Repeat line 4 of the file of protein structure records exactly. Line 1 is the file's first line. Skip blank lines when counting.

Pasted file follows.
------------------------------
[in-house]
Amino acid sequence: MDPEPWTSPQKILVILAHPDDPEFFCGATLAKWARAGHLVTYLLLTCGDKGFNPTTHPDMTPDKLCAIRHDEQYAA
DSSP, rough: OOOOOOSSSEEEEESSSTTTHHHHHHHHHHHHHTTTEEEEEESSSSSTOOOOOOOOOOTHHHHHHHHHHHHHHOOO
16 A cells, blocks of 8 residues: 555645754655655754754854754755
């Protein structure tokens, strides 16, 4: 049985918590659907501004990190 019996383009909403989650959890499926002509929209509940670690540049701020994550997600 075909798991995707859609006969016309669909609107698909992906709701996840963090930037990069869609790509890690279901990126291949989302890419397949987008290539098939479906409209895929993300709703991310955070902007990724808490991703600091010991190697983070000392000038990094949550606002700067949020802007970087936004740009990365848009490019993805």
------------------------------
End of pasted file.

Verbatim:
16 A cells, blocks of 8 residues: 555645754655655754754854754755